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Second Circuit issues opinion in case on enforcement of arbitral awards annulled by foreign courts

28 July 2017

On July 20th, the Second Circuit issued its opinion in Thai-Lao Lignite (Thailand) v. Government of the Lao People’s Democratic Republic, a significant case about the enforcement of arbitral awards annulled by foreign courts. It affirmed the District Court’s decision to vacate its former judgment enforcing an arbitration award, after it had been annulled by a Malaysian court. This decision is in-line with previous case law in holding that the New York Convention mandates different approaches for the review of arbitral awards in the primary jurisdiction (the state in which or under the law of which the award was made), as compared to review in a secondary jurisdiction (states where recognition and enforcement are sought). In Thai-Lao Lignite, the Second Circuit has now broadened the range of factors courts will consider when deciding whether to enforce an annulled award. Not only are courts directed to look to the principle of international comity, as previously explained in Corporación Mexicana de Mantenimiento Integral, S. de R.L. de C.V. v. Pemex-Exploración y Producción (“Pemex”), but are now to include considerations like timeliness of the filed motion and finality in their decisions.

The case stems from an agreement between Petitioners, Thai-Lao Lignite and its subsidiary Hongsa Lignite, and the Lao government, granting them the right to mine lignite and develop a power plant in the Hongsa region of Laos. A dispute over performance culminated in a $57 million award issued against Laos by an arbitral tribunal in Malaysia. It was only after the award was confirmed in the Southern District of New York that the Malaysian High Court annulled it. Laos subsequently asked the District Court to set aside its judgment and recognize the Malaysian annulment.

The Second Circuit agreed with the District Court’s decision to vacate its judgment, basing its findings on the Federal Rule of Civil Procedure (“FRCP”) 60(b)(5) and Article V(1)(e) of the New York Convention. Under FRCP 60(b)(5), district courts may vacate a final judgment when it “is based on an earlier judgment that has been reversed or vacated.” Article V(1)(e), similarly, states that a court of a secondary jurisdiction may refuse to enforce an award when that award has been set aside by a competent authority in the primary jurisdiction. Because courts considering FRCP 60(b)(5) motions are “generally, and correctly, solicitous of a movant seeking relief,” Article V(1)(e) considerations “may readily be incorporated into the ordinary course of a court’s Rule 60(b) analysis.” District courts are now to use “the full range” of FRCP 60(b) considerations when an arbitral party is seeking to enforce an annulled award. These are: whether the motion was made within a reasonable time, whether the movant acted equitably, and whether vacatur would strike an appropriate balance between serving the ends of justice and preserving the finality of judgments.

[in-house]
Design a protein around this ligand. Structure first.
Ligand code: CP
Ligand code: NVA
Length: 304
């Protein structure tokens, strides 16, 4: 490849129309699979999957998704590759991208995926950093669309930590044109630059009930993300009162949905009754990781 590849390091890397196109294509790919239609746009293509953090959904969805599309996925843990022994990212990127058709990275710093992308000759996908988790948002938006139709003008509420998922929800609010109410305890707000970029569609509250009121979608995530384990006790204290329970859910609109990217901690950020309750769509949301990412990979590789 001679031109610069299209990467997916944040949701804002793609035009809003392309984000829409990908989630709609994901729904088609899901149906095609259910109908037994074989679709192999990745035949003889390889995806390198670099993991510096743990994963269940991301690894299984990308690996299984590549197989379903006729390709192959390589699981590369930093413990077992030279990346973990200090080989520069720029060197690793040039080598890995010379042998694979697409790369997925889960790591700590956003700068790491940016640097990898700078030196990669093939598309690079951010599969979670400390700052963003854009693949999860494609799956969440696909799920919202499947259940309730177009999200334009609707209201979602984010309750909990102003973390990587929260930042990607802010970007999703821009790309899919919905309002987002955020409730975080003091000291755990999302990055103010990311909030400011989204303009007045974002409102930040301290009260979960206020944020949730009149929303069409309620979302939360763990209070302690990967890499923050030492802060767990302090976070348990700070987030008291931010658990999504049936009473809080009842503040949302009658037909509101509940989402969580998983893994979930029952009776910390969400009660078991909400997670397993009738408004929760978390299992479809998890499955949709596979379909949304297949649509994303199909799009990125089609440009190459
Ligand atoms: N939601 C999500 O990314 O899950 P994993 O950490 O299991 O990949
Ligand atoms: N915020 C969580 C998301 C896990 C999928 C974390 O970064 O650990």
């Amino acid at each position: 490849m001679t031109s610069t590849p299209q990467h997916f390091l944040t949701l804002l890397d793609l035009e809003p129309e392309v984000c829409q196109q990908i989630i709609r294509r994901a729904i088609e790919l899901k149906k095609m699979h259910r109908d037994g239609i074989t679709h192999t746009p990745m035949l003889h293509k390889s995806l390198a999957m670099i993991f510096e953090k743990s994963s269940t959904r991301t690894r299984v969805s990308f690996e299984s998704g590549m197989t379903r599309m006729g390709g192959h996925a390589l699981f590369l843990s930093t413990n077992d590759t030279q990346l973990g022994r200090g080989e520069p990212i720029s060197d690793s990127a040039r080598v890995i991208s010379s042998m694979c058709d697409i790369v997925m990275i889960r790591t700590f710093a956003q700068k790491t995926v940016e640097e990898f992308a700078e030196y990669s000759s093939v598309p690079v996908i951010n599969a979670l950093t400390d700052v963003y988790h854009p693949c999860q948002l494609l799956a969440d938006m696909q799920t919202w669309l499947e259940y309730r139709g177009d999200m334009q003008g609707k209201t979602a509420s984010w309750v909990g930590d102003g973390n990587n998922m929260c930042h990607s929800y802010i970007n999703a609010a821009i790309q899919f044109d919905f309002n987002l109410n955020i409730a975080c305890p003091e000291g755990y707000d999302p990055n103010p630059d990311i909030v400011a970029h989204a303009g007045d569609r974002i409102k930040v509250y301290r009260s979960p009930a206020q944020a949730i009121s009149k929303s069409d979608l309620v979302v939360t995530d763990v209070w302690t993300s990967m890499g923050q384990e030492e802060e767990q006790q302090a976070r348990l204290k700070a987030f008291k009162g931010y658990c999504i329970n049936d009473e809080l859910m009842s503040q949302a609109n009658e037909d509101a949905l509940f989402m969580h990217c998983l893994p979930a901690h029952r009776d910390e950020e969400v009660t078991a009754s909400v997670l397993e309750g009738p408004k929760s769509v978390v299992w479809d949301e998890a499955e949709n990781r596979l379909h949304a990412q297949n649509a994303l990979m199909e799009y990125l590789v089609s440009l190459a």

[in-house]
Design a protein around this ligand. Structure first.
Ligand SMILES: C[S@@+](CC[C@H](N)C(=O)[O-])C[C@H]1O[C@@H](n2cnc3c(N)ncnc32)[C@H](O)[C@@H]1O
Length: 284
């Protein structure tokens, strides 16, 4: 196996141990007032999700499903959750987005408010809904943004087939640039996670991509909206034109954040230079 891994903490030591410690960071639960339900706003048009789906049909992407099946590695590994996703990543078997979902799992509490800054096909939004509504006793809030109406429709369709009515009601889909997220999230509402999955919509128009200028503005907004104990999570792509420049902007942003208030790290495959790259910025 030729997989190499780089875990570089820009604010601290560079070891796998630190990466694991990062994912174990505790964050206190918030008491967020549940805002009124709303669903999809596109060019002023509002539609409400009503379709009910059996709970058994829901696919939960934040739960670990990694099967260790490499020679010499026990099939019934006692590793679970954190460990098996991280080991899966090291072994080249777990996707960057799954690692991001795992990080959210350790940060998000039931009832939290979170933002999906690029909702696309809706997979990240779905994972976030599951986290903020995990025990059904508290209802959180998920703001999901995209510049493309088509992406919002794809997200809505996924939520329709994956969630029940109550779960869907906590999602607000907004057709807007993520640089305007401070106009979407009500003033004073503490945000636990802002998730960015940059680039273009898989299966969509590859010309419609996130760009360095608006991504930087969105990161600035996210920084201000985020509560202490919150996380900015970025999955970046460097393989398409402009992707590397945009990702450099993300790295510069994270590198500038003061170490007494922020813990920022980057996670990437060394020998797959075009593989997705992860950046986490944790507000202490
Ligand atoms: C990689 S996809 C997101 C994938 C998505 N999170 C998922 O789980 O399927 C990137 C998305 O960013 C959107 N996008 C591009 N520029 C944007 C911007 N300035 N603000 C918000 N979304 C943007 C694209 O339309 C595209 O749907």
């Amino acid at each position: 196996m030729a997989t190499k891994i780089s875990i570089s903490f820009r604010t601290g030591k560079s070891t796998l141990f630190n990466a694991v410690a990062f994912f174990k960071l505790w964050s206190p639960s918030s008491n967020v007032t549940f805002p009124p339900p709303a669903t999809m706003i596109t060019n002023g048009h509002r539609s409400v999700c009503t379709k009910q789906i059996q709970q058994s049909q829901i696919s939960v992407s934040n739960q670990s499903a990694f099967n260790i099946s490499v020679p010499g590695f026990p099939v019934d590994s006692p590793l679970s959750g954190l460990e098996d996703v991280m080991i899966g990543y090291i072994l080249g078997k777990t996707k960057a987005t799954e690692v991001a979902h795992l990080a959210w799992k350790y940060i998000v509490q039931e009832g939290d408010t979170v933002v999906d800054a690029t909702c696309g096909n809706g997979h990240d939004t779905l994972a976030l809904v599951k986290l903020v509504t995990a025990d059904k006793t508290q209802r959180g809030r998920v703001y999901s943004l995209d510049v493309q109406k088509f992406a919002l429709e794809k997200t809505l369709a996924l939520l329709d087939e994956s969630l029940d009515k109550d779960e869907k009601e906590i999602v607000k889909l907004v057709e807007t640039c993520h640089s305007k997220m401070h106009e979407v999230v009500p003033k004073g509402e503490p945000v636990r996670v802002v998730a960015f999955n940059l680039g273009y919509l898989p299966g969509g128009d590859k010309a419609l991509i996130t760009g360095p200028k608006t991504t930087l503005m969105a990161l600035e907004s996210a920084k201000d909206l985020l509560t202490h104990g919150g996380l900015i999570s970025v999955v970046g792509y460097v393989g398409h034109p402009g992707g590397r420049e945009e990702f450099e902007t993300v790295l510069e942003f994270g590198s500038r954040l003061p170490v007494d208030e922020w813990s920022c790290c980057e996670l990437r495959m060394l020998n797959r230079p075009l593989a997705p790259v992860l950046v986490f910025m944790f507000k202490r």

The bar for enforcing awards annulled in the primary jurisdiction, however, remains very high. A concern for international comity, as explained in Pemex, is still a significant factor constraining judicial discretion. As also explained first in Pemex, a court may refuse to recognize an annulment where giving effect to it would offend “the fundamental notions of what is decent and just” in the United States, and this will occur only under very rare circumstances. Similarly under the additional FRCP 60(b) considerations, the facts would have to be extreme. In considering finality, for example, the Second Circuit noted that “had ten years elapsed before the set-aside proceedings were concluded, and more time elapsed before Laos moved to vacate the Award,” judicial interests of finality “might well outweigh” the deference to the primary jurisdiction. Even though the Second Circuit has opened the door a bit further for opportunities to enforce annulled awards, it remains unlikely that a court would enforce an award annulled in the primary jurisdiction.

* Julia Grabowska, Summer Associate and student at Columbia Law School, also contributed to this publication.

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